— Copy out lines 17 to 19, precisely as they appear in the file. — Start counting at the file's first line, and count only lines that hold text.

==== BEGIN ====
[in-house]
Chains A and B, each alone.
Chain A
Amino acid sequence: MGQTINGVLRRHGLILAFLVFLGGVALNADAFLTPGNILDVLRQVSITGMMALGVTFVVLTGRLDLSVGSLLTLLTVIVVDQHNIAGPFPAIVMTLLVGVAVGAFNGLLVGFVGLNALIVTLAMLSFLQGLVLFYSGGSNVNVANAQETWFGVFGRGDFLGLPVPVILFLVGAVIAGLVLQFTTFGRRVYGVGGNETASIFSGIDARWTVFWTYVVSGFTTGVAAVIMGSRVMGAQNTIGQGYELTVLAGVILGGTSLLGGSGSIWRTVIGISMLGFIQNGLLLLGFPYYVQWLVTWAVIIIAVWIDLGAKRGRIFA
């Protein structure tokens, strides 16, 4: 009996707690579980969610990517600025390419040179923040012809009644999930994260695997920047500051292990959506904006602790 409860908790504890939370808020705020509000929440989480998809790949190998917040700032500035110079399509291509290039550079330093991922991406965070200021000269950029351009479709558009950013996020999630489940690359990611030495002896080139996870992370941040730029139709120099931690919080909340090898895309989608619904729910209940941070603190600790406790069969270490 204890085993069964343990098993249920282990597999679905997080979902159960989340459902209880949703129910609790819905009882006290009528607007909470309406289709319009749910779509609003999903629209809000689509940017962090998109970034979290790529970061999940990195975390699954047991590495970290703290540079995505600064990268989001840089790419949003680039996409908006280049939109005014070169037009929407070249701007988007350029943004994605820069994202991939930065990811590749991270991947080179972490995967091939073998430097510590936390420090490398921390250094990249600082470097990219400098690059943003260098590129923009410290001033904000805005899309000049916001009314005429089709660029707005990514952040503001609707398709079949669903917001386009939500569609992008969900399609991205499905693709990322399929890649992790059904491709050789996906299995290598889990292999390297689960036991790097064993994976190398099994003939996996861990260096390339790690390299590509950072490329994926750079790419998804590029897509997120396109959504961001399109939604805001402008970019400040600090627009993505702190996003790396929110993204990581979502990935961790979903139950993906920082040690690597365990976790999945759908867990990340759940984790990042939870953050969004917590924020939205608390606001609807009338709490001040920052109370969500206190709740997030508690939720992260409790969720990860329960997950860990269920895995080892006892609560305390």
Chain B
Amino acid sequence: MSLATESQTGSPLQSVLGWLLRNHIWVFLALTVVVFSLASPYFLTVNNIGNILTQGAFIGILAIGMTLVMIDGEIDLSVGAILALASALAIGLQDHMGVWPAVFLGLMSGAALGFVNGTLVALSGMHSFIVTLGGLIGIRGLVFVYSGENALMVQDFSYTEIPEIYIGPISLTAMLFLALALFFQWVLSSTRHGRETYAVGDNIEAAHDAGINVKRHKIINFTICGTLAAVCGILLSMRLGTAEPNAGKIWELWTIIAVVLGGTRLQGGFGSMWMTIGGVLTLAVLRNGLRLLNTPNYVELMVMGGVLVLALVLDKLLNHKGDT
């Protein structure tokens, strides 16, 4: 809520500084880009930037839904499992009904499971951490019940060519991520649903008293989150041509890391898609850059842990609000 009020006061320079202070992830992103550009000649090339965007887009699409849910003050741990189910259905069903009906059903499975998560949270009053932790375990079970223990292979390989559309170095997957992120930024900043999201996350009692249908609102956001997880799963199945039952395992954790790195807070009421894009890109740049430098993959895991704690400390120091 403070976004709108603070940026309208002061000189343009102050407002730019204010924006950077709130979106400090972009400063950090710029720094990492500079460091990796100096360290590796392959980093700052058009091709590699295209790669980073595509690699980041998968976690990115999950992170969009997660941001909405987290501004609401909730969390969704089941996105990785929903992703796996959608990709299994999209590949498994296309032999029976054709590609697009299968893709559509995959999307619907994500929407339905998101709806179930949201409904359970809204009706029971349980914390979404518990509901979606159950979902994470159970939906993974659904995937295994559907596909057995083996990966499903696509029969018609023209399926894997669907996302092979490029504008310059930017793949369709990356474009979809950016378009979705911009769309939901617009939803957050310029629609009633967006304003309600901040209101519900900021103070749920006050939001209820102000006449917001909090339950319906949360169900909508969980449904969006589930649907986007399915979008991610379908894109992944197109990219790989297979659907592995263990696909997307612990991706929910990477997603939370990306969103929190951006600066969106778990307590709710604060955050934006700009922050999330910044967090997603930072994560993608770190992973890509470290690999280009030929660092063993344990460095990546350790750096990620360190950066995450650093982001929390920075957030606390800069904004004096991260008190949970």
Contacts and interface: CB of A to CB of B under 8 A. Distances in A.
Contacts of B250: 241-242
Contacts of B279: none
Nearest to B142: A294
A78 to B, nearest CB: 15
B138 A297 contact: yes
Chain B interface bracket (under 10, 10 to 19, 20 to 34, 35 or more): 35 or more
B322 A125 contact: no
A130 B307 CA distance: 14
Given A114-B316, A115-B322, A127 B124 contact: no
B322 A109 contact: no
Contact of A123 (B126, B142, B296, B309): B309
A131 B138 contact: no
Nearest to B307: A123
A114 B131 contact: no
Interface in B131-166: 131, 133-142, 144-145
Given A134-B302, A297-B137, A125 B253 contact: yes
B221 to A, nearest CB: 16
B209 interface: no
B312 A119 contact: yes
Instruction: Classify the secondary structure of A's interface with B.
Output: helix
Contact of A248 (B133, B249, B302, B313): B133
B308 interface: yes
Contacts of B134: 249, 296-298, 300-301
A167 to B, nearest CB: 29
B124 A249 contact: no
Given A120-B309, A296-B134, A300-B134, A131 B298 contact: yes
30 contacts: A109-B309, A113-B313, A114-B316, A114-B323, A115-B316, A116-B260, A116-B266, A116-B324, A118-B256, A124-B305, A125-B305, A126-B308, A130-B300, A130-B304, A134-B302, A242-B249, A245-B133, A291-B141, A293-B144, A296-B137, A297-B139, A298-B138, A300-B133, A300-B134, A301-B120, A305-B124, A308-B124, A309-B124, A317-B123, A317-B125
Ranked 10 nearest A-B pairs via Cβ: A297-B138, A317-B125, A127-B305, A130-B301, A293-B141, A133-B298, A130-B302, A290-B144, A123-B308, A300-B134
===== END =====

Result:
A130 B307 CA distance: 14
Given A114-B316, A115-B322, A127 B124 contact: no
B322 A109 contact: no